Grilling Techniques

10 Barbecue Hacks: Simple Tricks to Take Your Grilling to the Next Level

Lemons and limes on the grill

Last week, two new groups of graduates left Barbecue University with diplomas in hand. I’m proud to have helped them ascend the ladder of barbecue enlightenment. Here are some of the “secret” techniques from the school to help you up your game at the grill.

  1. Keep it hot: Of course you light your charcoal in a chimney starter. When you pour out the coals, leave one or two burning embers in the starter, then add a fresh batch of charcoal. The embers will light the coals—no newspaper or fire starter needed.
  2. Keep it clean: A clean grill grate is essential to prevent sticking and give you great tasting food. Ideally, you’ll have a grill brush, but if you don’t, make a luddite grill brush by crumpling a sheet of aluminum foil into a ball. Clutch it between the jaws of long-handled tongs, and use it to scrub the bars of the grate.
  3. Keep it lubricated: One cool way to oil your grate is to impale half of an onion on a long-handled meat fork and dip in vegetable oil. Rub it across the bars of the grate. (I learned this tip from an Israeli grill master.)
    Onion on grill
  4. Keep it lubricated 2: Grease your grill grate with a chunk of bacon or steak fat. Great smell. Great flavor.
  5. Where there’s smoke: Grilling on a gas grill? Don’t despair—you can still add a smoke flavor. Place unsoaked hardwood chunks under the grate between the inverted V-shaped Flavorizer bars. Or make a smoking pouch by folding a cup or so of unsoaked hardwood chips in heavy duty aluminum foil to make a pillow shaped pouch. Poke holes in the top with a skewer and place under the grate directly over one of the burners and start grilling when you see smoke.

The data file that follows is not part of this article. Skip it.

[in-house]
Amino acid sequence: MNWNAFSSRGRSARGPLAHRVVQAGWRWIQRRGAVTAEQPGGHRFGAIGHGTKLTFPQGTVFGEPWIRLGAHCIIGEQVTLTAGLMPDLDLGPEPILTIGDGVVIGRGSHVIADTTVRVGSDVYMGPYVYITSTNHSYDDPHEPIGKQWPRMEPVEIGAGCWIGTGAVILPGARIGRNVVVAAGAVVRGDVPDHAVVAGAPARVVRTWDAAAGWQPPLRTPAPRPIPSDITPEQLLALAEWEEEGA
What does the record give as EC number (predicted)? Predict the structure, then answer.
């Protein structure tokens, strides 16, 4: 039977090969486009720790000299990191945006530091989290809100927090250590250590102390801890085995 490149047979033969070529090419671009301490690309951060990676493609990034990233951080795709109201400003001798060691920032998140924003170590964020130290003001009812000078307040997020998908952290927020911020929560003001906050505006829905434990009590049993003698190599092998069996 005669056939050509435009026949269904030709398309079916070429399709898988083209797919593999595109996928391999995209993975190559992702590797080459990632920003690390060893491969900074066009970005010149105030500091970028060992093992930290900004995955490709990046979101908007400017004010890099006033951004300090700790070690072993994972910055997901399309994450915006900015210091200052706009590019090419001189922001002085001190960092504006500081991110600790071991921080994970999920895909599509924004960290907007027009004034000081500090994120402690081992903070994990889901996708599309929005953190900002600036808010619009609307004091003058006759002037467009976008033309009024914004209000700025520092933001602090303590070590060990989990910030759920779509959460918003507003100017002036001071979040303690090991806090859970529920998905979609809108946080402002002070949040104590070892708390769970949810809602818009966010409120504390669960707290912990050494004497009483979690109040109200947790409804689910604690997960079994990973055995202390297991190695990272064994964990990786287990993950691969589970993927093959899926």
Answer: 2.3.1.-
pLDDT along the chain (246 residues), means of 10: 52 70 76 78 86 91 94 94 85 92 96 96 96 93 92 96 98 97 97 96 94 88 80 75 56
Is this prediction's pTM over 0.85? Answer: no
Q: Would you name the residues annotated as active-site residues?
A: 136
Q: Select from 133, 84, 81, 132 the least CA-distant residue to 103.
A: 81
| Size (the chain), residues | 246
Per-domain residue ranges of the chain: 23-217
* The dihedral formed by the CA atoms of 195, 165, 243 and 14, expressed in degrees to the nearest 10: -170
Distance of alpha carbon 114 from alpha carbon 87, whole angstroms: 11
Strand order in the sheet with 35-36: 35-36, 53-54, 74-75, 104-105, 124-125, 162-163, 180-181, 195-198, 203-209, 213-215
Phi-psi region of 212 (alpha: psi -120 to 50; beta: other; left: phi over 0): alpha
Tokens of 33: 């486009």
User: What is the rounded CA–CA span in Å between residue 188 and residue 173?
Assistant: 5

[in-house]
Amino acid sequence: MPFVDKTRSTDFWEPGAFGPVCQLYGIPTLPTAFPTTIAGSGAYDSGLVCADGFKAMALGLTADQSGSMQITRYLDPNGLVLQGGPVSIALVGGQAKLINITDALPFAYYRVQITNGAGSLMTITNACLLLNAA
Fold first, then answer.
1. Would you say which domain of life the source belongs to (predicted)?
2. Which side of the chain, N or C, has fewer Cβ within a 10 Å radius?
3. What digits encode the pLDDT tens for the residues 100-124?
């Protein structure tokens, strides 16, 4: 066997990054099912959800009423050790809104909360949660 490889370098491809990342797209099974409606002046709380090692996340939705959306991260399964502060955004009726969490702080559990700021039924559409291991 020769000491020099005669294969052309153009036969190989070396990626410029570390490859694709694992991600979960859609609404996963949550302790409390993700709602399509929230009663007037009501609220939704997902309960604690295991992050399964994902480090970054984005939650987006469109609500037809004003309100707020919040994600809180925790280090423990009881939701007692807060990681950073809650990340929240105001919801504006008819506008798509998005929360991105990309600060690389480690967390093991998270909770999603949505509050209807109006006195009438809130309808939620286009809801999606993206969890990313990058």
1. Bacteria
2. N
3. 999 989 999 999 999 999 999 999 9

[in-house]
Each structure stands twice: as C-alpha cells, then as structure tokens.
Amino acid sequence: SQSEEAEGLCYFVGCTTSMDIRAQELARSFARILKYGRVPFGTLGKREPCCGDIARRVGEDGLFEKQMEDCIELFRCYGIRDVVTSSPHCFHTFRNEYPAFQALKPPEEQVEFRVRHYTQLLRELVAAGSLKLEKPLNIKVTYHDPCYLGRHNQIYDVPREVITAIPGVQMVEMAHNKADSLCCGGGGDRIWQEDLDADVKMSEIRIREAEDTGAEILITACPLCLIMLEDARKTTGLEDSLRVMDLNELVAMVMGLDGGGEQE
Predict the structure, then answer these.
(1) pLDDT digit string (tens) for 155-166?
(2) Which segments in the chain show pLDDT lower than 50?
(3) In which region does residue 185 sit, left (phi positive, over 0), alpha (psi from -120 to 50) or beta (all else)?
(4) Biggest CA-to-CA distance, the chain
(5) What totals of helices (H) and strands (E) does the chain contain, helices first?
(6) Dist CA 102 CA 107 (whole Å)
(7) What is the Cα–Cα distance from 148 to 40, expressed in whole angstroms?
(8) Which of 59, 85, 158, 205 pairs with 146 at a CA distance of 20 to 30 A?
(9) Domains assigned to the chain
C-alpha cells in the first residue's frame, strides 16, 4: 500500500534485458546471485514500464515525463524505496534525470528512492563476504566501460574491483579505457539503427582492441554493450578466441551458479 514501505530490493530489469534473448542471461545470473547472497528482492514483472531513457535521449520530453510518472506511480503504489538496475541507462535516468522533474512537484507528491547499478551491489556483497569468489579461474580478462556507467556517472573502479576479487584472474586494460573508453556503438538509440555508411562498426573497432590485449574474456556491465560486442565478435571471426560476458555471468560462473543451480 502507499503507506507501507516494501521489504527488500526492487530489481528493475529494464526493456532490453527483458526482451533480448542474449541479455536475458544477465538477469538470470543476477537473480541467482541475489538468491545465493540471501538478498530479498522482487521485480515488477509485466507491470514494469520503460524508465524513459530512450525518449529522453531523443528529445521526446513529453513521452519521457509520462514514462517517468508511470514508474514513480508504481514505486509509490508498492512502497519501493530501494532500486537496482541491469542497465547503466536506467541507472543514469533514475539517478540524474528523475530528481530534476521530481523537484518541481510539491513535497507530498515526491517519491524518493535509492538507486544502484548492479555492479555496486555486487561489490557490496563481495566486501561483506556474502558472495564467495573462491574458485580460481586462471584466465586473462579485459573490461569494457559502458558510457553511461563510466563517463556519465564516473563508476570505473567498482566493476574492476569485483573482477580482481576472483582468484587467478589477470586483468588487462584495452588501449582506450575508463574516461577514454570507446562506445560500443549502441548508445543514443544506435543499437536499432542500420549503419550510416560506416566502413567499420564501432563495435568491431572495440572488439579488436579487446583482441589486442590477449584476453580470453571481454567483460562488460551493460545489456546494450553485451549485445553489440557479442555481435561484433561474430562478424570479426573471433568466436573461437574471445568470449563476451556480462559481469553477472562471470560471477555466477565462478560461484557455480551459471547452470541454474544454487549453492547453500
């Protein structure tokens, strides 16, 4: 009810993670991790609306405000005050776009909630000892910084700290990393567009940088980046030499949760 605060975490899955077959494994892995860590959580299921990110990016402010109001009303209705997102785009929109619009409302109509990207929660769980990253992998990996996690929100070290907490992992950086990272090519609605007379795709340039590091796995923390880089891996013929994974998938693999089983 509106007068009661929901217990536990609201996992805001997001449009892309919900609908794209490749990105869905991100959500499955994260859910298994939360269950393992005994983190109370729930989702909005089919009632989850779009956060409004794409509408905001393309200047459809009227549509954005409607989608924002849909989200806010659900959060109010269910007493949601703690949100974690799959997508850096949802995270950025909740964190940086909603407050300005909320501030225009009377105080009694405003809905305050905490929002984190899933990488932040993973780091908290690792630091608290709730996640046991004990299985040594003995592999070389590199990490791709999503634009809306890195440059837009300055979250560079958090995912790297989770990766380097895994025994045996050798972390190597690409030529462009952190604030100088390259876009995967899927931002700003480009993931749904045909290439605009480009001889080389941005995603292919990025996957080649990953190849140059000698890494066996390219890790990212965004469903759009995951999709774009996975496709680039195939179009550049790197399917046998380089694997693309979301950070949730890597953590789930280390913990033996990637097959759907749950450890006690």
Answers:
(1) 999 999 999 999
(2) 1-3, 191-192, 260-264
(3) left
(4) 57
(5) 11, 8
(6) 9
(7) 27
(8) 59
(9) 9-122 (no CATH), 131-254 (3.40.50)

6. Spin control: Prevent skewered foods like shrimp from spinning by threading them on two parallel bamboo skewers. Or use our Best of Barbecue Double Prong Skewers. I learned this tip in Japan.
  7. Flame-free skewers: The bamboo skewer is the backbone of great sates and shish kebab. Conventional wisdom holds that by soaking the skewers in water first, you can prevent the exposed part from burning. Conventional wisdom is wrong. Instead, make a grill shield by folding a sheet of heavy-duty aluminum foil like a business letter, then sliding it beneath the exposed part of the skewers. Or use our Best of Barbecue Grill Shield.
  8. Beer bottle fire control: Flare-ups threatening your food? Make a beer bottle fire extinguisher. Place your thumb over the top of an open longneck bottle of beer. Shake the bottle gently, then slide your thumb back a little to direct a thin stream of beer toward the fire. Great for basting grilled meats, too.
  9. Char man of the board: Everybody loves planked salmon. Next time you make it, don’t soak the plank first as is recommend in many cookbooks (including in my own). Instead, char the plank on one side over a hot fire (just until you see smoke), then turn it over and place the fish on top. Direct grill the fish over a hot fire: the bottom of the plank will char, too, releasing an incredible smoke flavor. Awesome just got better.
    Planked trout charred-450
  10. Grill your lemons: A squeeze of lemon or lime juice is the classic sauce for grilled fish. Boost its flavor by grilling or smoking the lemon. Looks cool and tastes even better. Note: grilled lemonade or margaritas made with grilled limes are beyond awesome.
    Lemons limes on grill-450